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Director: Mike Cartel
Writer: Mike Cartel
Cast: Mike Cartel, Al Valletta, and Seeska Vandenberg
Length: 94 min
Label: Vinegar Syndrome
Release Date: June 17, 2014
Video codec: MPEG-4 AVC
Aspect Ratio: 1.85:1
Audio: English: DTS-HD Master Audio 1.0
- Audio Commentary with director Mike Cartel, actor Meri Cartel, filmmaker Howard S. Berger, and Vinegar Syndrome’s Joe Rubin
- Alternative Video Scenes
- Limited to 1,000 copies
The word auteur is thrown around rather loosely. But what does it mean, who can it be applied to? Is it reserved only for those best directors working in the industry, the directors that have a vision that is deliberately seen through every stage of production? Films that seethe a singular voice, a singular style derived from a sole person. Can it be expanded to include the work of directors who may not transcend to levels of greatness, but still act as the sole force behind a movie? If so, then perhaps you may be able to consider Mike Cartel the world’s least known auteur. A sort of 1980s’ Ed Wood, Cartel acted as director, writer, actor, and editor for his first and only film—although he had previously written a film, and would later go on to act in a few more films—Runaway Nightmare. The film, which would take multiple years to finish, Runaway Nightmare, aka Platinum Blondes, is an enigma; a sexploitation without the nudity; a rare hybrid quasi-exploitative-horror-comedy-western-noir that has been salvaged from the past by the leaders in rare and bizarre cinema, Vinegar Syndrome. If you are familiar with their brand, well…you know what to expect.
What can be said about this film? A cursory glance across the Internet reveals very little. Even less can be found about the film’s renaissance man, Mike Cartel. There are very few reviews of the film, and most have only surfaced since Vinegar Syndrome’s release. In a nutshell, the film follows two worm farmers—yes, worm farmers—who after finding a naked woman buried alive, are held captive by a gun-wielding mob of women. Following a series of trials—if that is what you would call them—the gang enlists the two farmers’ help in obtaining a mysterious suitcase filled with “platinum” from the mob. And that is when it really gets weird.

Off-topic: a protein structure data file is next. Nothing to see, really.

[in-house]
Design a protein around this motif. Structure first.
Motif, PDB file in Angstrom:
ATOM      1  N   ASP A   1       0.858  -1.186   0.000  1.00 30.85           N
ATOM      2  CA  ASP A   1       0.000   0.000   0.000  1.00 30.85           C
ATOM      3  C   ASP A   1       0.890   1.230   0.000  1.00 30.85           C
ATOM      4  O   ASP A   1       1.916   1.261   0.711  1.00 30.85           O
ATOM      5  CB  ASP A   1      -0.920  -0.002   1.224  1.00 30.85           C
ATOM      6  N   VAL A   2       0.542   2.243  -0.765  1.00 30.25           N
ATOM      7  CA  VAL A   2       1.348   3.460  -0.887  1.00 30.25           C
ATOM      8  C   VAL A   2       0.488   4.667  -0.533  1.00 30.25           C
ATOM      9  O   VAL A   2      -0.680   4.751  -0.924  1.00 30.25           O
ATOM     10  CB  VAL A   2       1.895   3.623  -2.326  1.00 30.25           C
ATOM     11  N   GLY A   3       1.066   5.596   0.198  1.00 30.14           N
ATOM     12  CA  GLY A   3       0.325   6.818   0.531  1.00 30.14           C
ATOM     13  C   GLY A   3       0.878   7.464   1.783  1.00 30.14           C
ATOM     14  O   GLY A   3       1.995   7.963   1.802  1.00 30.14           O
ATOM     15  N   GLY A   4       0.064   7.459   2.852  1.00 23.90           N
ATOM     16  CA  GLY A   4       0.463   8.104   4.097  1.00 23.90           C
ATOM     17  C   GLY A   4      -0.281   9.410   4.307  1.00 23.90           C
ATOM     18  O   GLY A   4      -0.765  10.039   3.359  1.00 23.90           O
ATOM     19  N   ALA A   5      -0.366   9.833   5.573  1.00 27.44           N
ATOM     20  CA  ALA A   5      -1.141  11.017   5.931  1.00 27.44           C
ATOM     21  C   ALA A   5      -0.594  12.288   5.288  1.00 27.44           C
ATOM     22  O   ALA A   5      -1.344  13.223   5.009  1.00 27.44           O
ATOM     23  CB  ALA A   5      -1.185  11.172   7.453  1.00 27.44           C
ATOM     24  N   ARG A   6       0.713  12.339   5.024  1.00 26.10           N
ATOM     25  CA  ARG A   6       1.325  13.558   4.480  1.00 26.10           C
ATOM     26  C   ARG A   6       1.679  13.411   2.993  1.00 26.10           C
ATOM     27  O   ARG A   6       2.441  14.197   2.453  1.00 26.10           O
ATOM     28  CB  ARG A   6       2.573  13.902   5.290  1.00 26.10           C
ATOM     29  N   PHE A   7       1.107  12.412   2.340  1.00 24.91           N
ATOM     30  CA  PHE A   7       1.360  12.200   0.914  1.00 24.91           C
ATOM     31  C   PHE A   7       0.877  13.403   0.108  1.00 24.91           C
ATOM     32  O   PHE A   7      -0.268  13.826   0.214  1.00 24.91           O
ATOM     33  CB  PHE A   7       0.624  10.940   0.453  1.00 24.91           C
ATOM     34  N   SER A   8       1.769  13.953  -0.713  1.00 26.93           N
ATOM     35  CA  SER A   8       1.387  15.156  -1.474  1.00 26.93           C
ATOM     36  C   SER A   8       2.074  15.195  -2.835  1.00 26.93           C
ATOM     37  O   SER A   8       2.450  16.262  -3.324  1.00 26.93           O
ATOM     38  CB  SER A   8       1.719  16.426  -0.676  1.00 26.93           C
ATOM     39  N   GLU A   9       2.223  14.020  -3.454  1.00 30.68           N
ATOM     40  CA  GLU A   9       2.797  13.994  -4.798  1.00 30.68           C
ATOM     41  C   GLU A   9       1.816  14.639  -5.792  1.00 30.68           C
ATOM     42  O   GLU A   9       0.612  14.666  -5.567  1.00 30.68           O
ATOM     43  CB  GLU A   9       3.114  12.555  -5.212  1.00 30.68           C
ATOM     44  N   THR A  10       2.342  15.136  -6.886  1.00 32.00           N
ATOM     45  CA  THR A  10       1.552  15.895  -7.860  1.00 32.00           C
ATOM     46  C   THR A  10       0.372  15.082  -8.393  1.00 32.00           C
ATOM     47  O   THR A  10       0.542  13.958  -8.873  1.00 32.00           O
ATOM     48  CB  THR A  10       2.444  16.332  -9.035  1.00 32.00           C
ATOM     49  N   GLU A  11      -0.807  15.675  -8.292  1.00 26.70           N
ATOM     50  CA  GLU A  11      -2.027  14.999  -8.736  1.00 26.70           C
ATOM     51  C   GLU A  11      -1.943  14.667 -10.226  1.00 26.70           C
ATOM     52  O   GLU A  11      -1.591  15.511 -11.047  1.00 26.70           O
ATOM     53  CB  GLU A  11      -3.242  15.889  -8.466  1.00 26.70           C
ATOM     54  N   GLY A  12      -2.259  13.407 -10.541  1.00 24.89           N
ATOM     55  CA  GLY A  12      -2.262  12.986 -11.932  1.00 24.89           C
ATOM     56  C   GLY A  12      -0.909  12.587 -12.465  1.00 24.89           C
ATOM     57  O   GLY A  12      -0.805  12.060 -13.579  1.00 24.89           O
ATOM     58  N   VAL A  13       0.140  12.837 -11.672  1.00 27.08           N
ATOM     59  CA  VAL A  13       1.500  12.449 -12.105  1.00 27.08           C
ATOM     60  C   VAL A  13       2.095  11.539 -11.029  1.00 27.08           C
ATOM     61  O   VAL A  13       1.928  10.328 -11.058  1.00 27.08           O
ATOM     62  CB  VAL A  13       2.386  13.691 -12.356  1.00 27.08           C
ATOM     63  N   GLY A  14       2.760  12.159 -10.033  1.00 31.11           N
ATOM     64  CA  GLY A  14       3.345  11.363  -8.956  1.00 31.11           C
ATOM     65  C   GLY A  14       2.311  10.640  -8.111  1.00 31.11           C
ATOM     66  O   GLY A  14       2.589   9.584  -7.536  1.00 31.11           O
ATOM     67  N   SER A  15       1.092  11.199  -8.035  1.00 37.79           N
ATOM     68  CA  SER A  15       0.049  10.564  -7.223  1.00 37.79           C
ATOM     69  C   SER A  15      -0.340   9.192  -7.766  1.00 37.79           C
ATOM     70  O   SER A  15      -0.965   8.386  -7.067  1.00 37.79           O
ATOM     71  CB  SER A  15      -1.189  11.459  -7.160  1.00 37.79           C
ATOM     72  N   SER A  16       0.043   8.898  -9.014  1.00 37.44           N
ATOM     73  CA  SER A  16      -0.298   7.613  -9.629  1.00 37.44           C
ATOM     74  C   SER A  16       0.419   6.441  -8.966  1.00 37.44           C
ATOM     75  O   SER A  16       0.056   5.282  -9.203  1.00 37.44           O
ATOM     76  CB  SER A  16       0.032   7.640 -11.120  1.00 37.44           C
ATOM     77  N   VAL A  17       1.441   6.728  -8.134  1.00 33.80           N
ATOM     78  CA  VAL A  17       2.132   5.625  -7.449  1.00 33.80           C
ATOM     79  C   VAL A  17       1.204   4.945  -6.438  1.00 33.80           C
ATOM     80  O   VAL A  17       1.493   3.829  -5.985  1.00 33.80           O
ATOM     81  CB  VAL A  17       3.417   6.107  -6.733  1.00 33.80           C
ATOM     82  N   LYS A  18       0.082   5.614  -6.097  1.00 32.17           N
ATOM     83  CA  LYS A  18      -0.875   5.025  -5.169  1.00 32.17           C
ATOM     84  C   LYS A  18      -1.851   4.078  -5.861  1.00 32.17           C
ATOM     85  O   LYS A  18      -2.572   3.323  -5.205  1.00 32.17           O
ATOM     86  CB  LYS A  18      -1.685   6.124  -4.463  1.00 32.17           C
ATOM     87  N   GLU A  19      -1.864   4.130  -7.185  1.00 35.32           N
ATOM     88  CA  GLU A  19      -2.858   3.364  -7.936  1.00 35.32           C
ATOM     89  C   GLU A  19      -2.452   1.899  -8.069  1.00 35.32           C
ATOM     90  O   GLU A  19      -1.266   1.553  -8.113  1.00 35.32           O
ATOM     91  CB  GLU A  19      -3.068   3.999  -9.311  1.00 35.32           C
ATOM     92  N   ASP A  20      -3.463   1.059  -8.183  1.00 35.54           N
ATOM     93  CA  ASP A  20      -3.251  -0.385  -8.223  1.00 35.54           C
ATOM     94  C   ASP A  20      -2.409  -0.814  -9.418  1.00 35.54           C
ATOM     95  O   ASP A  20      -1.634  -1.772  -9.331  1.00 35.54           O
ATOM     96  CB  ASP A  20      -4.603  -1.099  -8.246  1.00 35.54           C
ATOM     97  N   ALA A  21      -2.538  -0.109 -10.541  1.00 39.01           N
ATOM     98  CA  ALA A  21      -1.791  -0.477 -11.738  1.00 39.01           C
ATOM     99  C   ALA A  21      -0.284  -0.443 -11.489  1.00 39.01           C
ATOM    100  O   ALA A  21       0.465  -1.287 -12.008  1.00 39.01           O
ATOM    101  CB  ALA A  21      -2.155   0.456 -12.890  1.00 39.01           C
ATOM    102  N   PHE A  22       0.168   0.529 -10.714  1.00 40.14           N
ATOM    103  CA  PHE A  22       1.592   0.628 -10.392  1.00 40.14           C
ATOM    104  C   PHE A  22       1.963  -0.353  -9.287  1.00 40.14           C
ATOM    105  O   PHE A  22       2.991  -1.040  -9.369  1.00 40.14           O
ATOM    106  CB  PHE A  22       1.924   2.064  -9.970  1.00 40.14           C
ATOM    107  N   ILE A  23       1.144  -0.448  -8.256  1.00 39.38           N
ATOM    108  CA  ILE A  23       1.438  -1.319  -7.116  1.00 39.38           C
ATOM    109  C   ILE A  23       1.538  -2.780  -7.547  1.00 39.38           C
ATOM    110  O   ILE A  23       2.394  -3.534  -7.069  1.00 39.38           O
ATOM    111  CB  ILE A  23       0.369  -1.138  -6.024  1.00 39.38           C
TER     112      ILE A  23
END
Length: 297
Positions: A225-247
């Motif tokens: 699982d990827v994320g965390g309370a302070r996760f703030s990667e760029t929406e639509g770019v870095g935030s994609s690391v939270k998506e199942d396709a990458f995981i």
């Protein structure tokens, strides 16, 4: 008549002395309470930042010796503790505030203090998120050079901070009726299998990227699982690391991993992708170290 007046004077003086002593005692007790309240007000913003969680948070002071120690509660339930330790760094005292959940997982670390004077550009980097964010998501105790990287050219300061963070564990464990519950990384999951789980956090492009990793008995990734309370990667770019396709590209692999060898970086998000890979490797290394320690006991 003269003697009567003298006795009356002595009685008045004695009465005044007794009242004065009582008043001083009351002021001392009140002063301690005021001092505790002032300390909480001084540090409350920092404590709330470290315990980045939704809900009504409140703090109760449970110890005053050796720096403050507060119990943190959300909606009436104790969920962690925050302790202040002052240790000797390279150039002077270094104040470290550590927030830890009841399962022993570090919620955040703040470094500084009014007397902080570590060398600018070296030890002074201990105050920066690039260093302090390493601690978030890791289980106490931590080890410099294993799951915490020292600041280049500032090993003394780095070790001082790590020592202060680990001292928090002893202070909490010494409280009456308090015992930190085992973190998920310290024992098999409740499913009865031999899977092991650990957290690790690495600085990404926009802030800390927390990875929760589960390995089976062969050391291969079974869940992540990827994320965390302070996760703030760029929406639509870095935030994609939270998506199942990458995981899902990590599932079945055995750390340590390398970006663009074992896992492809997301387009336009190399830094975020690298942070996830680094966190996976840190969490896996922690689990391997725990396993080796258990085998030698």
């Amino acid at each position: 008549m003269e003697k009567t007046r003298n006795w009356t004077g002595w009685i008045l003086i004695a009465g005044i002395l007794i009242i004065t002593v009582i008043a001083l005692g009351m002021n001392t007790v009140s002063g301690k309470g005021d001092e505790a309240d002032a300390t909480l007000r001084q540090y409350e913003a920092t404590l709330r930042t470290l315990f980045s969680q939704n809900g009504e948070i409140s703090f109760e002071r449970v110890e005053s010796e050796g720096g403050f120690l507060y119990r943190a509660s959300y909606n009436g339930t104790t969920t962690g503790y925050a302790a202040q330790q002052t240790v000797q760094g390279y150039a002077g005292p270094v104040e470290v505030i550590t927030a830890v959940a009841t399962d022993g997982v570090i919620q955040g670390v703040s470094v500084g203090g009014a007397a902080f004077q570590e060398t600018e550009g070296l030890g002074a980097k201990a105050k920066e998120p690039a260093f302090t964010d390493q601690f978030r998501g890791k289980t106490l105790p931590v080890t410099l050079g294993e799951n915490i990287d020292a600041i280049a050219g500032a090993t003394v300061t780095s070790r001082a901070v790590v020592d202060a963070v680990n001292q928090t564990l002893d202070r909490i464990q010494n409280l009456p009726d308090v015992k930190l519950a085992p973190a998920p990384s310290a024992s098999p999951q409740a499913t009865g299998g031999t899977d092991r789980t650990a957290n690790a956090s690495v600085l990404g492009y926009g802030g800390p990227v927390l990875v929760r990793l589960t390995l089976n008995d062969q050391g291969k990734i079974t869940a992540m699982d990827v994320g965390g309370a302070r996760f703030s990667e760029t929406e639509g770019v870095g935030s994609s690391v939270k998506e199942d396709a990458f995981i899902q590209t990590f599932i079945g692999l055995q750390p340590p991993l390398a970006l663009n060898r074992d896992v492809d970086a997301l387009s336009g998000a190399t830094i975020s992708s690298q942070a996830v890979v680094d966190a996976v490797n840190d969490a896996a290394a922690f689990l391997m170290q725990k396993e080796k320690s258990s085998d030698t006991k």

The aspect that most cinephiles can appreciate about the film, and certainly genre fans, is Cartel’s hyper-awareness of film genres and tropes. The most blatant “borrowing” comes from Robert Aldrich’s 1955 noir classic, Kiss Me Deadly. Creating the cinematic “atomic whatsit,” Kiss Me Deadly has become a principle reference for films like Repo Man (1984) and Pulp Fiction (1994), as both films rather blatantly borrow the device. However, Runaway Nightmare beat Repo Man to the chase by two years, as the film revives the “atomic whatsit.” Nevertheless, where Kiss Me Deadly’s atomic explosion ushered forward the end of a cinematic era, Runaway Nightmare’s fell into obscurity. Needless to say, the scene is a gem for film fans, and you’ll surely be quick to catch the reference—that is if you are not distracted by a visible rope dangling down in the scene that was used to make the lockbox’s top appear to be vibrating.In the commentary you learn that Cartel was not a fan of overacting. It is referenced that during production he was adamant that people tone down their performances, and it shows. Most of the dialogue is delivered in a very matter of fact, dead panned style. At times the characters almost seem to be reading back lines, void of energy. The style is a bit obtrusive at first, but as the film progresses it becomes almost comical, adding to the camp factor.